In photo: Kirti* from India

Kirti* is not even 5 feet tall, but a giant in God’s Kingdom. Whenever she sees me – a Caucasian – walk by, she can’t help but smile. As if it’s funny to her that someone can be that white. Open Doors partners have brought her to a secluded place in India, so that it’s safe for her to meet me. She enjoys the sun, the fellowship, the food, the rest, the beautiful garden. But that’s not why she came. She came to share about the day her husband was kidnapped and later murdered. Or to be more precise: she came to tell us that she became a believer through the prayers of others, to tell us that she’s still a believer thanks to your prayers, and to ask for only on thing: more prayer.

(Written by an Open Doors worker visiting India)

Like so many Christians with a Hindu background, Kirti came to faith after God had healed her from a disease that had plagued her for many years. She stayed with the church for a little while, though she doesn’t explain why. After that time, she returned to her village. At the time, several of Kirti’s extended family members were already following Jesus.

Only one week after Kirti returned home, the Hindu villagers called her and all the other believers to a village meeting. “They forced us to stand in the middle and warned us not to go to church. Then they wouldn’t beat us.”

Some Christians got scared and promised not to follow Jesus anymore. Kirti and others didn’t give in and were told to come back the next evening. “That time they warned us that we had to leave the village if we didn’t stop following Jesus. But we said we wouldn’t stop believing. Again they sent us back home and told us to come the next day. And for the third time they threatened us. This time they had brought sticks. We all became very afraid and finally told them we wouldn’t believe in Jesus anymore. But we continued to follow him secretly.”

‘They ate our food and killed and cooked our pets’

Every Sunday, Kirti and her husband organized a secret gathering in her home. It didn’t go unnoticed for long. “After two months the villagers found out and they called another meeting. They said, ‘You have stopped believing in Jesus! Then why do you still gather in a house to worship God?’ Then the mob went to my house. They searched for my Bible and my song book. They threatened to kill me if I continued to worship Jesus. Then they burnt my Bible and my hymnal and they entered my house again to steal rice, wheat and other edible stuff. They also took our chickens and goats. The goats were our pets. But everything was brought to the community hall, where they cooked everything, including the animals. Then the whole village ate our food.”

When they were done, they said, “This is the penalty for your faith. Don’t believe in Jesus Christ anymore.”

According to Kirti, the persecution stopped, because the villagers thought she had finally given up her belief in God. But she stayed faithful and continued to pray by herself in her home. Slowly, the other Christians returned to her house. Sick people were brought in as well and Kirti and the other Christians would pray for them. Healings happened. One person was so sick that he was unconscious and barely alive. He woke up when people prayed for him.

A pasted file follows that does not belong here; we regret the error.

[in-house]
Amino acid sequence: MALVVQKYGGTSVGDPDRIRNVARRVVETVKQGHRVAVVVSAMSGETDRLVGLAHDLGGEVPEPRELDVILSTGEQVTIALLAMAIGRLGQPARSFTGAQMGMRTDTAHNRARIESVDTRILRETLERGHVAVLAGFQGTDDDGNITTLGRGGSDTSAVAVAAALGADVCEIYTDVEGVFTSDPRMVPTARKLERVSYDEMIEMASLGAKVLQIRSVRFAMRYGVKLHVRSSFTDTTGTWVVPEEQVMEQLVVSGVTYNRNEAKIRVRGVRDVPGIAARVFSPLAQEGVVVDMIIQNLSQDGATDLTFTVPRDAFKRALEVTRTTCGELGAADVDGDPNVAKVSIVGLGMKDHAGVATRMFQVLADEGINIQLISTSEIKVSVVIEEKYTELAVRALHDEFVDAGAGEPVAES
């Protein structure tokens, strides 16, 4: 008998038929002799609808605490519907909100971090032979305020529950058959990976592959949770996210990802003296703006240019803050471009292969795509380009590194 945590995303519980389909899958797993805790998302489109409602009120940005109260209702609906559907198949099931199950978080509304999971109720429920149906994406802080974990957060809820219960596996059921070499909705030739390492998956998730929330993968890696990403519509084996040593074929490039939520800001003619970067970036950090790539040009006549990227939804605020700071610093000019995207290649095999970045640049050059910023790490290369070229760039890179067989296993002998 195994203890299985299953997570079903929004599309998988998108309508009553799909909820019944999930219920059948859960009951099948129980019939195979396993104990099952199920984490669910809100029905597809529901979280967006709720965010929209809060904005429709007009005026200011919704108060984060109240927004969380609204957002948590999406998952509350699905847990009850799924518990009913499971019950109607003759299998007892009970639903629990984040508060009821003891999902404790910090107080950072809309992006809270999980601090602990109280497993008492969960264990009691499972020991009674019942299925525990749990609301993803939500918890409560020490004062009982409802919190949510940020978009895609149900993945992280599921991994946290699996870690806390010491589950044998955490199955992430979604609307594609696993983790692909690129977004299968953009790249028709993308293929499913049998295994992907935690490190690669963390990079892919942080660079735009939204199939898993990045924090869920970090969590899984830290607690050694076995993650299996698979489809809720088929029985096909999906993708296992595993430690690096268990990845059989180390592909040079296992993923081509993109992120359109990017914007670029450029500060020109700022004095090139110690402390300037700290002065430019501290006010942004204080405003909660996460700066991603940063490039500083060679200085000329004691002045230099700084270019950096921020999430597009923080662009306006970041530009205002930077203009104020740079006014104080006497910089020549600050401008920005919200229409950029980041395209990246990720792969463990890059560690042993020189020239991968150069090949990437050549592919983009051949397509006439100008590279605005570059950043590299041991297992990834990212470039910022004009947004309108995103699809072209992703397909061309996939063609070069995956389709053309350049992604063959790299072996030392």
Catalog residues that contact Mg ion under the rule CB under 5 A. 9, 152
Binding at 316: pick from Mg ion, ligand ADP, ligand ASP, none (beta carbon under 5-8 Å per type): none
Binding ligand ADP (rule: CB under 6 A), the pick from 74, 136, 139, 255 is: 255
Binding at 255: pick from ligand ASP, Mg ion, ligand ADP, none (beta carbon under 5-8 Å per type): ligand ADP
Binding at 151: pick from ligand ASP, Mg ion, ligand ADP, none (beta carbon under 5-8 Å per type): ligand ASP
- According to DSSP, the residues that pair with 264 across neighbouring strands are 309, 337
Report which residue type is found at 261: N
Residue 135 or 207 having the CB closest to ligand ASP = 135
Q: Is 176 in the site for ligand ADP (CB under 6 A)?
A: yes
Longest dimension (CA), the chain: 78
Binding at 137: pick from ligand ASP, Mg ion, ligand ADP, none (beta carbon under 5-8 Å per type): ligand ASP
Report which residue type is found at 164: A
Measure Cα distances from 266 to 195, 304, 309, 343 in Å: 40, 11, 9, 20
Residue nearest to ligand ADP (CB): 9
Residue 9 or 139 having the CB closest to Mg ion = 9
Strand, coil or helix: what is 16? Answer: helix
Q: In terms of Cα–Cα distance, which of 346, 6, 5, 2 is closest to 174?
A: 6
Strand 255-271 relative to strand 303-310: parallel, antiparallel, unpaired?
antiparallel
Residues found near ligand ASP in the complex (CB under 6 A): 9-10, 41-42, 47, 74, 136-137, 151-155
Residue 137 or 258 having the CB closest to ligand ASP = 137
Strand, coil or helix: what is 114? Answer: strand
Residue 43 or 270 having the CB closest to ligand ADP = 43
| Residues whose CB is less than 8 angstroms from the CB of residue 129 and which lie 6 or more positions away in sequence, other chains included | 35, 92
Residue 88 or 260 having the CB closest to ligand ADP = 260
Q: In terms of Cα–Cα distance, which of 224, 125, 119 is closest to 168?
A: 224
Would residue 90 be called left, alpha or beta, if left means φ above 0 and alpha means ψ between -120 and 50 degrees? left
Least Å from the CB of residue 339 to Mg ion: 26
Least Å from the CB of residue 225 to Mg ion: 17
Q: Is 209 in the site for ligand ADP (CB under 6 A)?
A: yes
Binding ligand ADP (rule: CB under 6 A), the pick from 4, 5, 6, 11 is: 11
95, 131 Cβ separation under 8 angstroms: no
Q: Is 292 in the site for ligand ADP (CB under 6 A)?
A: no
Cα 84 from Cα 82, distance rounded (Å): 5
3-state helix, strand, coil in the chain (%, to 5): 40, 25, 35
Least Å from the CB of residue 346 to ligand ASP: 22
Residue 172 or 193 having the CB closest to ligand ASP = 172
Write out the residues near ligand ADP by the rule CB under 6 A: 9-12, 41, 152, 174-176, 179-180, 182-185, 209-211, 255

The villagers were enraged. “They called that man and beat him severely. That day they also called people from other villagers. While we were having a service, they surrounded our house. Then they broke in and beat us. We were dragged out of the house and they continued to beat us with their sticks. They also kicked us and slapped us with their hands. They screamed at me, ‘Because of you, all the villages are becoming believers [in Jesus]. They have stopped worshipping the ancestors’ gods and godesses’. My spine was broken and that’s why I’m still not able to work properly. They continued to shout at me to leave Jesus, but God gave me the strength to bear the pain.”

‘We won’t leave Jesus’

The Christians couldn’t resist the beatings. But they did make it clear they weren’t denying Jesus this time. In the meantime, Kirti could only pray. “I prayed to God, ‘Lord, save us if you want to save us!’ He helped us. After some time, the extremists were tired and left.”

When Open Doors partners heard about this incident, they reached out to the Christians and helped them find temporary shelter elsewhere. We also financially supported Kirti and the others – who are are very poor – so that they could pay for their medical bills.

Unfortunately the beating took its toll, especially on Kirti’s husband. He went back to see the state of the house in their village. Again, the villagers threatened him that if he came back he’d be killed.

“He was very fearful”, Kirti says in a soft voice. He even suggested they stopped following Jesus. “I answered: ‘No, I will not stop practicing our faith’. He replied, ‘You continue to believe, I will stop.’ Then he took me back to the village and told everyone that I had stopped believing as well.”

Secretly getting water

But the villagers didn’t believe Kirti and her husband had truly abandoned their faith. “Everyone refused to talk to us and they also forbade us to draw water from the local well. I had to leave my house around midnight to secretly get water.”

But the measures went further. “We weren’t allowed to work and we didn’t benefit from support from the government. But I never gave up my faith. Most of the time we had nothing to eat, but somehow God always provided.”

Slowly and secretly, more Christians visited Kirti again. “We prayed in secret, but the villagers suspected something and found out that I was still praying. Then they told us to write down that we were not going to church and that we wouldn’t practice any Christian rituals. We refused.”

They came with ropes